If you’ve ever installed utilities or run power underground, you likely know how important using the correct cable is.
The wire you need to complete the job safely and successfully will depend on the situation. This often means analyzing the application and environment, then using that information to select conductor types, insulation, jacketing, and additives to achieve the best result.
Direct burial wire is no different. True to its name, this wire type can be buried without conduit or metal cladding, and its rugged insulation and flexibility are perfect for underground cable applications.
No matter the type of underground work, a direct burial cable is generally required. But what counts as a direct burial wire, where do you use it, and can it be substituted for other wiring types?
According to the National Electrical Code (NEC), for an electrical wire to be considered direct burial rated, it must be clearly labeled for direct burial use. Don’t assume every thickly insulated wire is a direct burial cable.
Also, unlike outdoor and underground burial cables, direct burial wire has a specific UL rating noting that it has passed rigorous testing and can survive in harsh underground environments.
As a result, this wire type excels in underground utility applications. It’s faster and more cost-effective to install than cables that need conduit or metal cladding and doesn’t need any additional materials to support it.
Depending on the type of direct burial wire and application, there are various rules to prevent accidents.
Underground Feeder (UF) cable must be buried at least 24 inches underground. Meanwhile, PVC conduit only has to be buried 12 inches underground. Metal conduits can be buried six inches underground – the same depth that low-voltage wiring (think pet fence wire) is buried at.
Also, if your direct burial wire terminates above ground, it must be shielded using a conduit before surfacing.
Direct burial wire is typically protected by one of several insulation materials:
Insulation thickness is also important. The cable needs enough insulation surrounding the conductors to withstand being dragged over rocks and through dirt during installation. To comply with UL ratings, direct burial cable is abrasion and crush resistant.
Once the wire or cable is installed, the insulation has to hold up across a wide temperature range, chemicals, moisture, gas, oil, and other dangers.
Direct burial wires are used for many jobs, including:
As previously mentioned, different types of cabling get buried at different depths based on the project. Smaller, low-voltage wires like pet fencing live only a few inches below the surface, but larger gauge cables like power lines and underground utilities must be buried deep enough to avoid accidental damage caused by digging.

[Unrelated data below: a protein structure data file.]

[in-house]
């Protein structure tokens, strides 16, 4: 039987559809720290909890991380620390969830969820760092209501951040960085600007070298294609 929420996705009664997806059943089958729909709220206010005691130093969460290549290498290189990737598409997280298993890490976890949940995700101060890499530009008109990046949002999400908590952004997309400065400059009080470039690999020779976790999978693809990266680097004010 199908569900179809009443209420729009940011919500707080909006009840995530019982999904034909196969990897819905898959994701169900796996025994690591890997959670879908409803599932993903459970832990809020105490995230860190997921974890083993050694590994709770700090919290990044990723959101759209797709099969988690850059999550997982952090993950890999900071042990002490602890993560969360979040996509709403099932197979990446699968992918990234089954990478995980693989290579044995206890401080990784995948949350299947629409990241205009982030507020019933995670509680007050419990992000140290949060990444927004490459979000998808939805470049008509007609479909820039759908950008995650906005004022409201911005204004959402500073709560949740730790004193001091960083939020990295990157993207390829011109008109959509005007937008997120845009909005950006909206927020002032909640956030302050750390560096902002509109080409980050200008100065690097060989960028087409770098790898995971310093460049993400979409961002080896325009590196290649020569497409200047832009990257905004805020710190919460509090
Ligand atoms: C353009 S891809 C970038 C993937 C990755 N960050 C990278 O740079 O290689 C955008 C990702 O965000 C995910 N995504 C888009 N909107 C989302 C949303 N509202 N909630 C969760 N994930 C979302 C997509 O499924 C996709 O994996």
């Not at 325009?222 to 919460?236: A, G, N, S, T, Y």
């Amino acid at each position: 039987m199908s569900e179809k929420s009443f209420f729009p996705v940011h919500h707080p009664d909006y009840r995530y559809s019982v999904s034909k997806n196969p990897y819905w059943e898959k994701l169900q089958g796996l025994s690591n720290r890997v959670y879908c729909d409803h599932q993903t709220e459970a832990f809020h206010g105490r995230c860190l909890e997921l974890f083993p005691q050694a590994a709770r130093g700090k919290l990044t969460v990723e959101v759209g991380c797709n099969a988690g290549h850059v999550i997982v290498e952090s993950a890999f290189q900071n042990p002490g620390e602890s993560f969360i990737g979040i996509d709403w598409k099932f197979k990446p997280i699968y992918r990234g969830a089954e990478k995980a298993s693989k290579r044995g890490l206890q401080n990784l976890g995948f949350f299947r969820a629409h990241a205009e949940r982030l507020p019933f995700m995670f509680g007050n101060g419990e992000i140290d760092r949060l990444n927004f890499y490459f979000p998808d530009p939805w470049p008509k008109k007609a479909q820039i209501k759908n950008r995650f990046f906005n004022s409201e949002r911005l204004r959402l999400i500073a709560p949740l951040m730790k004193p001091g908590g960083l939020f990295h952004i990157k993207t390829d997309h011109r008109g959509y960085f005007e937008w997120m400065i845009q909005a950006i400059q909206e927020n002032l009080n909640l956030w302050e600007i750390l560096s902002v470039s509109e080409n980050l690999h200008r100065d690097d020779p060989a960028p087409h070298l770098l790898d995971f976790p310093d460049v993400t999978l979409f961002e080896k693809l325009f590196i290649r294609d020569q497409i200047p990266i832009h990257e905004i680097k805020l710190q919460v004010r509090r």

Regardless, direct burial wire should be used in compliance with local municipality rules and guidelines to ensure safe installation.
The short answer is no. The long answer is no, because the substituted wire may not be similarly rated.
There is no shortage of wire types on the market today, and they don’t all do the same thing. Substitutions might seem like a great idea, especially if they save money on upfront installation costs. But if the wire isn’t direct burial rated, it will quickly deteriorate and cause problems.
Suppose workers install new underground utilities using THHN instead of tracer wire. THHN may seem like a safe substitution, but it doesn’t have a direct burial rating. Its nylon insulation won’t provide good moisture protection.
As the years wear on, ground moisture begins breaking down the THHN insulation, cracking it, and exposing the copper conductor underneath to the elements. Eventually, the corrosion becomes too much for the conductor. After only a few years, the signal is lost, and the door has been opened for potential mishaps.
Part of working with underground wire and cable is understanding the nuances associated with external and underground usage. These projects often require unique formulations that account for the environment around them (for example, PVC insulation has both -20C and -55C variants), offer chemical resistance, and can survive in low and high temperatures.
Wire thickness will also come into play during the installation process. If the insulation is too thin, rocks, roots, and other hazards could cause abrasion damage during pulling. Thicker insulation that adheres to UL standards is needed.
At the end of the day, are you willing to accept liability for using the wrong cable?
Before digging, call 8-1-1 to have the area marked for underground utilities.
It may add a couple days to the project timeline but calling 8-1-1 gives local utility companies enough time to survey the area and mark the locations of any underground utilities. In turn, those markings help prevent accidental damage to underground cables, pipes, and other assets.
If the markings are clearly visible, there is less opportunity to cause unexpected damage to underground assets or endanger lives. So, call 8-1-1 and keep yourself, others, and utilities safe.
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